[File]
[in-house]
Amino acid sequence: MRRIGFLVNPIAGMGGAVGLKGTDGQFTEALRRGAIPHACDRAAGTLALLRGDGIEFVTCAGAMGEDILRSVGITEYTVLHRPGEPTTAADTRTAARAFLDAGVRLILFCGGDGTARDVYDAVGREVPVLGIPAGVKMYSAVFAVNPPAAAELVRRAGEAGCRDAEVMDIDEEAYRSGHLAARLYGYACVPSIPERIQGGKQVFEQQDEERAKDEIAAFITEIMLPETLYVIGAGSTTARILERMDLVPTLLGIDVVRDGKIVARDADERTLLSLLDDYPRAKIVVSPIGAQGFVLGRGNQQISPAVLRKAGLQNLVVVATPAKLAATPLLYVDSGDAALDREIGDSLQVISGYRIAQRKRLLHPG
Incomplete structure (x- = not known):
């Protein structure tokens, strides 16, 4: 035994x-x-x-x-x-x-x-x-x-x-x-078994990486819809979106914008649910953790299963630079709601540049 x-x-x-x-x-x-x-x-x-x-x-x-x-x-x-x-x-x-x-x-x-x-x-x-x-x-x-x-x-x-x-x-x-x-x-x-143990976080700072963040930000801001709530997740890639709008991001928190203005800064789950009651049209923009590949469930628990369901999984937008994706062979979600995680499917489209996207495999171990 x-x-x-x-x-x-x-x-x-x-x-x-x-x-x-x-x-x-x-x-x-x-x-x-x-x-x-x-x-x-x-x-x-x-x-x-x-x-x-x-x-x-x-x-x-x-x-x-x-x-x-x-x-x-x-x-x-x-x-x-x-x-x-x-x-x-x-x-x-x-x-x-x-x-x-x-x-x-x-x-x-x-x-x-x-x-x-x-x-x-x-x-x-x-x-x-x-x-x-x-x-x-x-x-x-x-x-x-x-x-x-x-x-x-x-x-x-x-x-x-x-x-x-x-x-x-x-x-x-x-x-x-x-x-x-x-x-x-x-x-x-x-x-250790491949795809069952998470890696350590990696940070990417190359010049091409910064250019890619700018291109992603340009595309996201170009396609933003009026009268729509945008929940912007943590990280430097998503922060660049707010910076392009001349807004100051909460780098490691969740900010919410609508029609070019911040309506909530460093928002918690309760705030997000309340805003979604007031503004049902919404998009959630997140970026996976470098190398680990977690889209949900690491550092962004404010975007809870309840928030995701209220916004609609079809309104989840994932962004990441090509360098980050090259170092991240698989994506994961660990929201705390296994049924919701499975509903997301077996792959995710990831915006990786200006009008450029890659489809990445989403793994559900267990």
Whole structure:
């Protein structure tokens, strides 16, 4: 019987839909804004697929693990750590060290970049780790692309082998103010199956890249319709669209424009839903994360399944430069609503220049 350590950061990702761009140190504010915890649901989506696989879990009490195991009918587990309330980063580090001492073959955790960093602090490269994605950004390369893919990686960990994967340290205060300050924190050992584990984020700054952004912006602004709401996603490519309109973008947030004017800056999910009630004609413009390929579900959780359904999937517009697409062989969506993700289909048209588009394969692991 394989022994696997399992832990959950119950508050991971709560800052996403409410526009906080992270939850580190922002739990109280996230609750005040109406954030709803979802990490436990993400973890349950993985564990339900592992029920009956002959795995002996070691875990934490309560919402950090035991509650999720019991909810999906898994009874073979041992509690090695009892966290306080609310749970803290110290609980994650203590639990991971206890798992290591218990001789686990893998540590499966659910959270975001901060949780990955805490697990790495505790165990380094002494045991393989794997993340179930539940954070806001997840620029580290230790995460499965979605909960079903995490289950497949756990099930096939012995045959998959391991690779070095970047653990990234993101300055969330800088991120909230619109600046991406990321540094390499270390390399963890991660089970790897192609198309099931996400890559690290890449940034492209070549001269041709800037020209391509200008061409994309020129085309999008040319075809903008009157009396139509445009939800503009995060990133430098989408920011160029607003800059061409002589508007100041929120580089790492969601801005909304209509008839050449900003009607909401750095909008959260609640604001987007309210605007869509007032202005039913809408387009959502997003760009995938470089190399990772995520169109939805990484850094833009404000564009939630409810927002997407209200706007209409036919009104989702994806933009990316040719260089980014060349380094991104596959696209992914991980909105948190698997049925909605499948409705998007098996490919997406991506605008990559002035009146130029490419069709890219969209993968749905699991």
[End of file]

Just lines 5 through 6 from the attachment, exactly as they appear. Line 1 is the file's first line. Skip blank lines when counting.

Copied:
Whole structure:
């Protein structure tokens, strides 16, 4: 019987839909804004697929693990750590060290970049780790692309082998103010199956890249319709669209424009839903994360399944430069609503220049 350590950061990702761009140190504010915890649901989506696989879990009490195991009918587990309330980063580090001492073959955790960093602090490269994605950004390369893919990686960990994967340290205060300050924190050992584990984020700054952004912006602004709401996603490519309109973008947030004017800056999910009630004609413009390929579900959780359904999937517009697409062989969506993700289909048209588009394969692991 394989022994696997399992832990959950119950508050991971709560800052996403409410526009906080992270939850580190922002739990109280996230609750005040109406954030709803979802990490436990993400973890349950993985564990339900592992029920009956002959795995002996070691875990934490309560919402950090035991509650999720019991909810999906898994009874073979041992509690090695009892966290306080609310749970803290110290609980994650203590639990991971206890798992290591218990001789686990893998540590499966659910959270975001901060949780990955805490697990790495505790165990380094002494045991393989794997993340179930539940954070806001997840620029580290230790995460499965979605909960079903995490289950497949756990099930096939012995045959998959391991690779070095970047653990990234993101300055969330800088991120909230619109600046991406990321540094390499270390390399963890991660089970790897192609198309099931996400890559690290890449940034492209070549001269041709800037020209391509200008061409994309020129085309999008040319075809903008009157009396139509445009939800503009995060990133430098989408920011160029607003800059061409002589508007100041929120580089790492969601801005909304209509008839050449900003009607909401750095909008959260609640604001987007309210605007869509007032202005039913809408387009959502997003760009995938470089190399990772995520169109939805990484850094833009404000564009939630409810927002997407209200706007209409036919009104989702994806933009990316040719260089980014060349380094991104596959696209992914991980909105948190698997049925909605499948409705998007098996490919997406991506605008990559002035009146130029490419069709890219969209993968749905699991």